24 July 2013

During a routine inspection

We visited the service and spoke with two support workers, two managers and two people who used the service. We also visited two 'carers' home and met both the carers and the people who used the shared lives service. We also looked at files and documentation.

We found that people were happy with the support they received. One person we spoke with told us 'I am absolutely happy with my support. They have brought me such a long way and it's like having an extended family'. Another person told us 'It makes my life better and it makes me happy'.

We saw that people were asked for consent and given choices and chances to make their own decisions about their support. Staff were appropriately recruited and underwent a detailed induction at the start of their employment. Staffing levels were well managed and closely monitored.

We identified some issues with the way that medication administration was recorded and issues with the way that medication audits were carried out. This meant that it was not possible to ascertain whether medication was being correctly administered.

There were various opportunities for people to give feedback and the quality of the support was monitored in different ways to ensure that it met with the satisfaction of all those using the service. Where areas for improvements were identified, action was taken that involved everyone and this was well managed.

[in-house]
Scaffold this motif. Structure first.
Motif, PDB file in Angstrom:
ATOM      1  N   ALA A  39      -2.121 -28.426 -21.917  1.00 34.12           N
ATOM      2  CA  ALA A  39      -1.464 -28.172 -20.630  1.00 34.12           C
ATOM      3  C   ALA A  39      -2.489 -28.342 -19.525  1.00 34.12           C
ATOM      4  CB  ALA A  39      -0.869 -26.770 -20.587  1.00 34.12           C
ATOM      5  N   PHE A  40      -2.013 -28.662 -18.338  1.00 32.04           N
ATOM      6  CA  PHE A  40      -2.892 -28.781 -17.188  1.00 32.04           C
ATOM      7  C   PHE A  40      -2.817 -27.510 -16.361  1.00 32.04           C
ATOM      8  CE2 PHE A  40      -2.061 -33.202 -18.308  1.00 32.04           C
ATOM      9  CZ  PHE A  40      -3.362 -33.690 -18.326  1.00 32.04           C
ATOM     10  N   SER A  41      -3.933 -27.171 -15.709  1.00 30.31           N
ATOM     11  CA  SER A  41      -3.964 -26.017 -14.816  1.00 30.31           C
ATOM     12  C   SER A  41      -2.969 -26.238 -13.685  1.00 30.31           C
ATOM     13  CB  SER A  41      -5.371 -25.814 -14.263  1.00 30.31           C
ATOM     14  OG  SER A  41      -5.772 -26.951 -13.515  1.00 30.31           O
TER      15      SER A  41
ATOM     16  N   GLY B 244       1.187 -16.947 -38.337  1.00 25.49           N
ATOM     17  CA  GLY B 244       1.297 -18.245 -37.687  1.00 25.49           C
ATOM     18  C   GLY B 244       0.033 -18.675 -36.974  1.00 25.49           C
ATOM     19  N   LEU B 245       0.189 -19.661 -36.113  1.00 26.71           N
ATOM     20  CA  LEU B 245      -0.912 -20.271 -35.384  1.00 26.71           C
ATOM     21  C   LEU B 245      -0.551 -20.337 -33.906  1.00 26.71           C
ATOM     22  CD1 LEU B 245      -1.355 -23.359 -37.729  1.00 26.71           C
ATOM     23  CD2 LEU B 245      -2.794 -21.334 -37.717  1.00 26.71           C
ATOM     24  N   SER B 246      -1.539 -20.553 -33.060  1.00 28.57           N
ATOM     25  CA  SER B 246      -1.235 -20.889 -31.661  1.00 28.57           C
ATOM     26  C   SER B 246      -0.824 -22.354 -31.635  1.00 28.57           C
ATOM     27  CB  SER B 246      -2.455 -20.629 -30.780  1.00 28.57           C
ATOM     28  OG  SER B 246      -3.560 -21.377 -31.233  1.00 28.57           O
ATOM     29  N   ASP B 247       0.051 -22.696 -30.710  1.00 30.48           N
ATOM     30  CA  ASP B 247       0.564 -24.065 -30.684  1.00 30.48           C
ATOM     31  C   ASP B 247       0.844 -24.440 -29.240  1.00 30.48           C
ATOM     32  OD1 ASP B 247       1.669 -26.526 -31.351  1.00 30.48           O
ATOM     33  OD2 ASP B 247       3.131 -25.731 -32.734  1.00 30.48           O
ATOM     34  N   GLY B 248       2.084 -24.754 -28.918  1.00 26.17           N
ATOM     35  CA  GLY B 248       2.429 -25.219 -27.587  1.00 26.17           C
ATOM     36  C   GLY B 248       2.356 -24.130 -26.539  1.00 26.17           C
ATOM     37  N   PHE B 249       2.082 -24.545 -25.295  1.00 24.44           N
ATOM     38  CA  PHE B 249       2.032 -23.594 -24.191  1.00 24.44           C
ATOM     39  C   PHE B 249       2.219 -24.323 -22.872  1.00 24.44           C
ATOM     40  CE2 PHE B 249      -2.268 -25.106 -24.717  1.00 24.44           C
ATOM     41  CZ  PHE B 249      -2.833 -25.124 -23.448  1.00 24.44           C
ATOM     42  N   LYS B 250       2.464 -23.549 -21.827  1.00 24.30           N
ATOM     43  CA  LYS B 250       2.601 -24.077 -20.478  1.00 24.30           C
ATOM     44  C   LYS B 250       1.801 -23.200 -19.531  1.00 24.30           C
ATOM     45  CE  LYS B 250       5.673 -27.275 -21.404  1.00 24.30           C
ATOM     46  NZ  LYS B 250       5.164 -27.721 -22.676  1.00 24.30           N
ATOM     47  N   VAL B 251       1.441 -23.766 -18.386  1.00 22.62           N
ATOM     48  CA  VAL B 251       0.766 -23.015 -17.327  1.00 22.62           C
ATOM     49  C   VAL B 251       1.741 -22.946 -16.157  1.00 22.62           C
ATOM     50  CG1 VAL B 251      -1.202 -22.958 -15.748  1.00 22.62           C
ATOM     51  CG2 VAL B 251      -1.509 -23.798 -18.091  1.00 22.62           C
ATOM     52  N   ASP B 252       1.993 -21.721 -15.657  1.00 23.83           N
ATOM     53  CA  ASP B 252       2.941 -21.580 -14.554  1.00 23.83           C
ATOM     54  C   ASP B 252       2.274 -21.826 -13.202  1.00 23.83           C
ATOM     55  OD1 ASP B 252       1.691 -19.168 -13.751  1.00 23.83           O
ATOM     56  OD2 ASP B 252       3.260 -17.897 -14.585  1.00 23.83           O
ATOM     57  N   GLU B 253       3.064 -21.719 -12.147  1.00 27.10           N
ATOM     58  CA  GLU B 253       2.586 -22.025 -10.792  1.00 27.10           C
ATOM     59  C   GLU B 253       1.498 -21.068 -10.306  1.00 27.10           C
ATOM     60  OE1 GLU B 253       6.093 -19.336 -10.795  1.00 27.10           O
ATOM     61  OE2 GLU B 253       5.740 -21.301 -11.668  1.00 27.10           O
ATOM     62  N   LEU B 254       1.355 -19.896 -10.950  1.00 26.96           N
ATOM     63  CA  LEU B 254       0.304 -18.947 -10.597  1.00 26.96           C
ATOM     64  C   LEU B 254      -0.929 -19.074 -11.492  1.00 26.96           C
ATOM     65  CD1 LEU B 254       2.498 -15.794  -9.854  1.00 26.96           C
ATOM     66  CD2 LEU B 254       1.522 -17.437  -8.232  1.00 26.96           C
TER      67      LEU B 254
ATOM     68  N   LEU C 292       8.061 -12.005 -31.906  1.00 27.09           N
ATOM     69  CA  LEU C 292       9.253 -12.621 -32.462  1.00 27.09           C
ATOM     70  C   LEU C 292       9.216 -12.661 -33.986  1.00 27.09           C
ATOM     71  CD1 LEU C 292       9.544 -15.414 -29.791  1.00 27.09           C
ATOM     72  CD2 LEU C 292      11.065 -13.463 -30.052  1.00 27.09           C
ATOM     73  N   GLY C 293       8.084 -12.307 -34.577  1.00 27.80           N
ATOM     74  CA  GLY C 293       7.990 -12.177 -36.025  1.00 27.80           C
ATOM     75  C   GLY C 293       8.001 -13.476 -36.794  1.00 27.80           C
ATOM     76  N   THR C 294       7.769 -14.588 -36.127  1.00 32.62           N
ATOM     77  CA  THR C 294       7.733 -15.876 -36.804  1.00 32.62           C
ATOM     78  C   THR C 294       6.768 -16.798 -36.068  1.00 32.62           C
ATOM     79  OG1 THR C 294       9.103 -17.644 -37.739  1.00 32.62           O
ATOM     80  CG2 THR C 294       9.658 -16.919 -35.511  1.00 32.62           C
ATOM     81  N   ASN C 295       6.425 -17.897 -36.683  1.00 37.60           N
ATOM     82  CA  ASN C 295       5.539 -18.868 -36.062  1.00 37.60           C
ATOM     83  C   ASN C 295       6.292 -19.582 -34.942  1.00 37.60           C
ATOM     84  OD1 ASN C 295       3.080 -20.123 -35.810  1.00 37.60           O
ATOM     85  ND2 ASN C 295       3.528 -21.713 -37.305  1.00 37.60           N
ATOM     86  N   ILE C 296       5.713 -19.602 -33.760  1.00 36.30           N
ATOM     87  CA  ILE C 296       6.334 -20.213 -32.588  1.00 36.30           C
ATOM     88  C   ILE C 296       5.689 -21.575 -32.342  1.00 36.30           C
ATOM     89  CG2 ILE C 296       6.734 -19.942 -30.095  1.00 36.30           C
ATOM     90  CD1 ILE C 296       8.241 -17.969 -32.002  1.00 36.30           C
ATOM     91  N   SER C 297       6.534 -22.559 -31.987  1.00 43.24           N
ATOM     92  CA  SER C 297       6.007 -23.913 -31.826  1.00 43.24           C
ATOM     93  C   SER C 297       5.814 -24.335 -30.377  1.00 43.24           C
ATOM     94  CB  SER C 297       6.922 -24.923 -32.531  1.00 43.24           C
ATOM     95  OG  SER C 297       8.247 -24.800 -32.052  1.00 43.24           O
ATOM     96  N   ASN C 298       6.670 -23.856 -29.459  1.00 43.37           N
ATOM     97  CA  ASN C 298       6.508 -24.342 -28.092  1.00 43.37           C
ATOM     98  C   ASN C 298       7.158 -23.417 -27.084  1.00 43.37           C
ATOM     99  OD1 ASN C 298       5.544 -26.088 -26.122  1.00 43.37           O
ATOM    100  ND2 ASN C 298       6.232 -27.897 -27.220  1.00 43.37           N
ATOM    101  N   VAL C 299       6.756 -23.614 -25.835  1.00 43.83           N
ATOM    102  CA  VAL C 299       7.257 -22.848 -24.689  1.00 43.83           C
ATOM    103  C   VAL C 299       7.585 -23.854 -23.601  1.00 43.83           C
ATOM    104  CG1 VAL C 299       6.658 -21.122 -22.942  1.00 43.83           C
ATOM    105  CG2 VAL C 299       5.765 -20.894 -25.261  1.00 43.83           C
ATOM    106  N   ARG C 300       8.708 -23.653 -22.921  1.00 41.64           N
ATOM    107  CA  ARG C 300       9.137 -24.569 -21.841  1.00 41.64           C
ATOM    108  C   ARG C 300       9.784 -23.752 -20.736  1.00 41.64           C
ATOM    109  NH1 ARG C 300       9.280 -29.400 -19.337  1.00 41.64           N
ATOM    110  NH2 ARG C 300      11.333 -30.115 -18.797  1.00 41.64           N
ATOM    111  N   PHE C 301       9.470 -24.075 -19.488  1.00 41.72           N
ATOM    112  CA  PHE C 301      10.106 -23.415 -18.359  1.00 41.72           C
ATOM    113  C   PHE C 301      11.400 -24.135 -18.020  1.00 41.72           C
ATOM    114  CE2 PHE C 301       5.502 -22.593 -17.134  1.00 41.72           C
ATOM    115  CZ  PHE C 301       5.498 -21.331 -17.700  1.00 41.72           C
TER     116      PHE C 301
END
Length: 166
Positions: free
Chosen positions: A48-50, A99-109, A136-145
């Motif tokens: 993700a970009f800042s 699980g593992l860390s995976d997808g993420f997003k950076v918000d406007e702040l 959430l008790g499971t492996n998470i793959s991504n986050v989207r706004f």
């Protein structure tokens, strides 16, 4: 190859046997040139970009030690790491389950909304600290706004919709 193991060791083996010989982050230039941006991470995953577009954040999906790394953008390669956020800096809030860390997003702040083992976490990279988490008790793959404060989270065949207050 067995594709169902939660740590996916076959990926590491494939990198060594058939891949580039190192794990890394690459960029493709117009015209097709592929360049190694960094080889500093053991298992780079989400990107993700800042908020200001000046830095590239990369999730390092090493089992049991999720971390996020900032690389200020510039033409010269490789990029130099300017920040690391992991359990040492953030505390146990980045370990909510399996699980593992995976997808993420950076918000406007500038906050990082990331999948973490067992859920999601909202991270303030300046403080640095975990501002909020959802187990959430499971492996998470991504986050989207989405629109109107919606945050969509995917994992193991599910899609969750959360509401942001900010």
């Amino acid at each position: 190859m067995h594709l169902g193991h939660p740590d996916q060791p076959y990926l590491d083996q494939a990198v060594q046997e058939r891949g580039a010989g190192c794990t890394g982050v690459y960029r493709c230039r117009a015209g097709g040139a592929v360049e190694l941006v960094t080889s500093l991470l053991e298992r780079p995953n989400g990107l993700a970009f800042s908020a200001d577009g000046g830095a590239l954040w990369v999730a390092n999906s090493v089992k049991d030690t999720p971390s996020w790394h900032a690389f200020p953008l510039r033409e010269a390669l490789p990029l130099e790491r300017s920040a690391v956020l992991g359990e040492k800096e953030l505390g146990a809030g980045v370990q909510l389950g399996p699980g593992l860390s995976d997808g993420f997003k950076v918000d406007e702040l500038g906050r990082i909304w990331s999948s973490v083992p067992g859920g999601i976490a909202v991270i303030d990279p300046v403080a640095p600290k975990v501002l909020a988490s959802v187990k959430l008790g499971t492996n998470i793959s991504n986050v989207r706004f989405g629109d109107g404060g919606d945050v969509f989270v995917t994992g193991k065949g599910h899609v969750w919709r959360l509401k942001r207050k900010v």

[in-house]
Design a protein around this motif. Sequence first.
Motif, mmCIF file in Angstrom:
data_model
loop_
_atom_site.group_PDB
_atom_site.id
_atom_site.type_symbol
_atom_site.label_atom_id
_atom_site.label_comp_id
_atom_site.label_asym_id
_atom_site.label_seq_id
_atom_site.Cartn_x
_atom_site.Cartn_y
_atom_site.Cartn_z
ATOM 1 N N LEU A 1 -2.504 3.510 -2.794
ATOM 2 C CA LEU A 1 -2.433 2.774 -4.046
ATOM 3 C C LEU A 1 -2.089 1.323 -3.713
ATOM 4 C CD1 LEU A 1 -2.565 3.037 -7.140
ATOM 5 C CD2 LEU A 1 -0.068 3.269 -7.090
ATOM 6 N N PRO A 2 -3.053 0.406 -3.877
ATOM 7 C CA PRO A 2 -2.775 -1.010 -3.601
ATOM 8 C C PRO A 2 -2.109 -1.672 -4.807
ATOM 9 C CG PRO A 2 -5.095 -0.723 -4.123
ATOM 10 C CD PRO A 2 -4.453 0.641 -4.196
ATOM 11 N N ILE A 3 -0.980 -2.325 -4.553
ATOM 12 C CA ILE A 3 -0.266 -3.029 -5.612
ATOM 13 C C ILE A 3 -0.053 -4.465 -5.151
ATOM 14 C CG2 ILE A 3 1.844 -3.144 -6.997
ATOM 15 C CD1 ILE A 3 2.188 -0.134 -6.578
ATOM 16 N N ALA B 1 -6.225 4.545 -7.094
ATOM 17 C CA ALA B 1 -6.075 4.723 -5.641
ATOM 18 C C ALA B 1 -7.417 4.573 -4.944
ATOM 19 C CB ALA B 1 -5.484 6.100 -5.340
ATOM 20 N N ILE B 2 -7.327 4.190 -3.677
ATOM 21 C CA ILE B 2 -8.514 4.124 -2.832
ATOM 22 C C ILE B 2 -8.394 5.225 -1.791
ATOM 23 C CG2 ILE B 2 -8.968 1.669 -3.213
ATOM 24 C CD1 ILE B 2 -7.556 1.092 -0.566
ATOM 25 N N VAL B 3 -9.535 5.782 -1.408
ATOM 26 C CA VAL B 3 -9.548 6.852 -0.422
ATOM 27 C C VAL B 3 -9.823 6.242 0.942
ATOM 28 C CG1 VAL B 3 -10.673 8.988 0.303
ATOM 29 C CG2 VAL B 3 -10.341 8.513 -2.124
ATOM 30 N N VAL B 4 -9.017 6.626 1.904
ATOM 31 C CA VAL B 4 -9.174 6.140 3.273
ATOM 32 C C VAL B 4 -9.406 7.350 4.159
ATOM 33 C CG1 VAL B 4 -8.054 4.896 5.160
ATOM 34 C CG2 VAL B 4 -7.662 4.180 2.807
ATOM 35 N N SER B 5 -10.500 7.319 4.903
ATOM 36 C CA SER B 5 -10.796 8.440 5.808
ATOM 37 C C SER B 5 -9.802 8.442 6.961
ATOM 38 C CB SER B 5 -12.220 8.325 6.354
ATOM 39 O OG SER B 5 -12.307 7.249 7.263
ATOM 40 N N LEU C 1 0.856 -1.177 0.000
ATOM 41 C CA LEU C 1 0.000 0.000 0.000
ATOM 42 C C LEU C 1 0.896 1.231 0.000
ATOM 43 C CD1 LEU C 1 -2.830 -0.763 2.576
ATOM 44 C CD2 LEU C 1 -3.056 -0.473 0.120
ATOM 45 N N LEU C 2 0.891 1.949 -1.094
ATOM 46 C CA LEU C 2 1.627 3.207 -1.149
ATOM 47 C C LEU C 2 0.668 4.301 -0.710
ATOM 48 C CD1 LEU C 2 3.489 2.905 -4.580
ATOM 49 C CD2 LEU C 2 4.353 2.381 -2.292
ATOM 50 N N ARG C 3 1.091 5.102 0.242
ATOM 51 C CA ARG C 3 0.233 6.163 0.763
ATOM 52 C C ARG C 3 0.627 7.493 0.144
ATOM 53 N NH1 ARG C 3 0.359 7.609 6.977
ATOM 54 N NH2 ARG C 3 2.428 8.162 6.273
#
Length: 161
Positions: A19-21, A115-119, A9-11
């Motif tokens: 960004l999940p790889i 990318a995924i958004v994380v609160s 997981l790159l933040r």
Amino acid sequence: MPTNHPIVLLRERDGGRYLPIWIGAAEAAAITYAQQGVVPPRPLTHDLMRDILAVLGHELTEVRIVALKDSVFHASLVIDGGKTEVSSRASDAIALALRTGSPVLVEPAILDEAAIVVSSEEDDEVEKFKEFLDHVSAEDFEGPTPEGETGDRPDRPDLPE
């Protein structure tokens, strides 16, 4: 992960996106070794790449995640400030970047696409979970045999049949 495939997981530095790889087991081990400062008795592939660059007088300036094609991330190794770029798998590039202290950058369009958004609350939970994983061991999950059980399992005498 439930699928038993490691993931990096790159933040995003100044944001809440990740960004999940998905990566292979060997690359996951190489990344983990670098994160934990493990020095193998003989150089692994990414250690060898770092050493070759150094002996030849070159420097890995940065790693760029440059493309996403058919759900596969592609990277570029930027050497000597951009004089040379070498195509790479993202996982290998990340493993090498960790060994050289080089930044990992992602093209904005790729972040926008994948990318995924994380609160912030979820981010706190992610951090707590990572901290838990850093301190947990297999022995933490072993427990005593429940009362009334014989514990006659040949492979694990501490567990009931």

28 September 2012

During a routine inspection

The service was run from an office location and support was provided to people in or from their own homes. The 'Shared Lives' side of the service involved people going to 'carers' homes for short breaks or long term stays, with support provided through the agency for both the person and the carer. We visited the office and met with several members of staff including two team co-ordinators, and a registered manager. We also talked to two support workers who were employed in the service.

We used a number of different methods to help us understand the experiences of people who used the service. We talked to three people who used the service. We also gathered evidence of people's experiences of the service by reviewing care records and other documentation.

People were happy with the service they were receiving. People who used the service, and staff felt that the organisation was focussed on the individual, and that the person was at the centre of everything that happened in the service.

One person who used the service told us "everything is brilliant, it's made my life better in lots of ways'. A staff member told us 'I feel proud to work for Avalon'.

The service was working positively with people, and was thorough in its attention to detail and updating practices wherever possible. The level of involvement was extremely good, and the provider was working at a high standard.